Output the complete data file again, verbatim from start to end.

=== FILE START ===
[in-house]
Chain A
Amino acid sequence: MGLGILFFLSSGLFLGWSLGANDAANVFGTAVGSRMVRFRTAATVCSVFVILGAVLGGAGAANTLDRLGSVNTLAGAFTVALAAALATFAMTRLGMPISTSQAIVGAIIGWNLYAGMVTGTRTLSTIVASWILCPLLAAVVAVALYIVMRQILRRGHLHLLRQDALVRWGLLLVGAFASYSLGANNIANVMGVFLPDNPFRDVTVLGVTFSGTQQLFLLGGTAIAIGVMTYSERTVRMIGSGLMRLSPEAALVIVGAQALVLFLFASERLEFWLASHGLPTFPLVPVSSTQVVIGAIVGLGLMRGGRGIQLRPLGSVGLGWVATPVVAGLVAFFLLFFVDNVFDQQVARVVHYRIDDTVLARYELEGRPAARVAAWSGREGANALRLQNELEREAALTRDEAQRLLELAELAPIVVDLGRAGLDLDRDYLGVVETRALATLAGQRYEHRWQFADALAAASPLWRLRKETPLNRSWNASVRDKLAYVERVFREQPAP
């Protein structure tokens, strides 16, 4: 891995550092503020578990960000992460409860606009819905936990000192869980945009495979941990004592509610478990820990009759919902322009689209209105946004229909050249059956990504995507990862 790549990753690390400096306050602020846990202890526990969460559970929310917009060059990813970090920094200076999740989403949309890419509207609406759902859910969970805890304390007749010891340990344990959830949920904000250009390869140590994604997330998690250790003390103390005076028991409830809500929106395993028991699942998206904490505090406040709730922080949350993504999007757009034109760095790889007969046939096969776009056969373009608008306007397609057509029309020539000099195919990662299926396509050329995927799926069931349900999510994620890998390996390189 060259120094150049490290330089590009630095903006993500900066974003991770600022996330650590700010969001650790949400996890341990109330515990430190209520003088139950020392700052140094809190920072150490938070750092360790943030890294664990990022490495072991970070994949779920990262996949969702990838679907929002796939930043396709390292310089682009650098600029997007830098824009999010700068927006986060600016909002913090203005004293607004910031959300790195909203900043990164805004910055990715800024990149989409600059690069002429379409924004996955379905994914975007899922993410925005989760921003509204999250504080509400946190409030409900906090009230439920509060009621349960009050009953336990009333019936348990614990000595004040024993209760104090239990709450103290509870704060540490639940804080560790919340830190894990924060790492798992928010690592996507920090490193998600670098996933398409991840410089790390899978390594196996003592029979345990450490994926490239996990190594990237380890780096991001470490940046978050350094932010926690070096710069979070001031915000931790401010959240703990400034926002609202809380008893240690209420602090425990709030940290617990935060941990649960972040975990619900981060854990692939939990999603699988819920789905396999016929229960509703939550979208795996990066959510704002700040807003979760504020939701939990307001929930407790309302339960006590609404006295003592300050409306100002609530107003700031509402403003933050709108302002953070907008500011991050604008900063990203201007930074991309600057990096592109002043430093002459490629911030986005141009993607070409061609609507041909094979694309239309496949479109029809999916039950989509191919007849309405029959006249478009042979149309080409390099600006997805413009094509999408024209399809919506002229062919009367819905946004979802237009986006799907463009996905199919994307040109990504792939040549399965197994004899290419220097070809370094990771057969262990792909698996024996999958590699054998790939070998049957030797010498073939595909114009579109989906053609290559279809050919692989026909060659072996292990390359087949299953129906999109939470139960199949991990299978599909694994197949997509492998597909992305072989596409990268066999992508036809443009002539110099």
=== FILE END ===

[in-house]
Chain A
Amino acid sequence: MGLGILFFLSSGLFLGWSLGANDAANVFGTAVGSRMVRFRTAATVCSVFVILGAVLGGAGAANTLDRLGSVNTLAGAFTVALAAALATFAMTRLGMPISTSQAIVGAIIGWNLYAGMVTGTRTLSTIVASWILCPLLAAVVAVALYIVMRQILRRGHLHLLRQDALVRWGLLLVGAFASYSLGANNIANVMGVFLPDNPFRDVTVLGVTFSGTQQLFLLGGTAIAIGVMTYSERTVRMIGSGLMRLSPEAALVIVGAQALVLFLFASERLEFWLASHGLPTFPLVPVSSTQVVIGAIVGLGLMRGGRGIQLRPLGSVGLGWVATPVVAGLVAFFLLFFVDNVFDQQVARVVHYRIDDTVLARYELEGRPAARVAAWSGREGANALRLQNELEREAALTRDEAQRLLELAELAPIVVDLGRAGLDLDRDYLGVVETRALATLAGQRYEHRWQFADALAAASPLWRLRKETPLNRSWNASVRDKLAYVERVFREQPAP
């Protein structure tokens, strides 16, 4: 891995550092503020578990960000992460409860606009819905936990000192869980945009495979941990004592509610478990820990009759919902322009689209209105946004229909050249059956990504995507990862 790549990753690390400096306050602020846990202890526990969460559970929310917009060059990813970090920094200076999740989403949309890419509207609406759902859910969970805890304390007749010891340990344990959830949920904000250009390869140590994604997330998690250790003390103390005076028991409830809500929106395993028991699942998206904490505090406040709730922080949350993504999007757009034109760095790889007969046939096969776009056969373009608008306007397609057509029309020539000099195919990662299926396509050329995927799926069931349900999510994620890998390996390189 060259120094150049490290330089590009630095903006993500900066974003991770600022996330650590700010969001650790949400996890341990109330515990430190209520003088139950020392700052140094809190920072150490938070750092360790943030890294664990990022490495072991970070994949779920990262996949969702990838679907929002796939930043396709390292310089682009650098600029997007830098824009999010700068927006986060600016909002913090203005004293607004910031959300790195909203900043990164805004910055990715800024990149989409600059690069002429379409924004996955379905994914975007899922993410925005989760921003509204999250504080509400946190409030409900906090009230439920509060009621349960009050009953336990009333019936348990614990000595004040024993209760104090239990709450103290509870704060540490639940804080560790919340830190894990924060790492798992928010690592996507920090490193998600670098996933398409991840410089790390899978390594196996003592029979345990450490994926490239996990190594990237380890780096991001470490940046978050350094932010926690070096710069979070001031915000931790401010959240703990400034926002609202809380008893240690209420602090425990709030940290617990935060941990649960972040975990619900981060854990692939939990999603699988819920789905396999016929229960509703939550979208795996990066959510704002700040807003979760504020939701939990307001929930407790309302339960006590609404006295003592300050409306100002609530107003700031509402403003933050709108302002953070907008500011991050604008900063990203201007930074991309600057990096592109002043430093002459490629911030986005141009993607070409061609609507041909094979694309239309496949479109029809999916039950989509191919007849309405029959006249478009042979149309080409390099600006997805413009094509999408024209399809919506002229062919009367819905946004979802237009986006799907463009996905199919994307040109990504792939040549399965197994004899290419220097070809370094990771057969262990792909698996024996999958590699054998790939070998049957030797010498073939595909114009579109989906053609290559279809050919692989026909060659072996292990390359087949299953129906999109939470139960199949991990299978599909694994197949997509492998597909992305072989596409990268066999992508036809443009002539110099």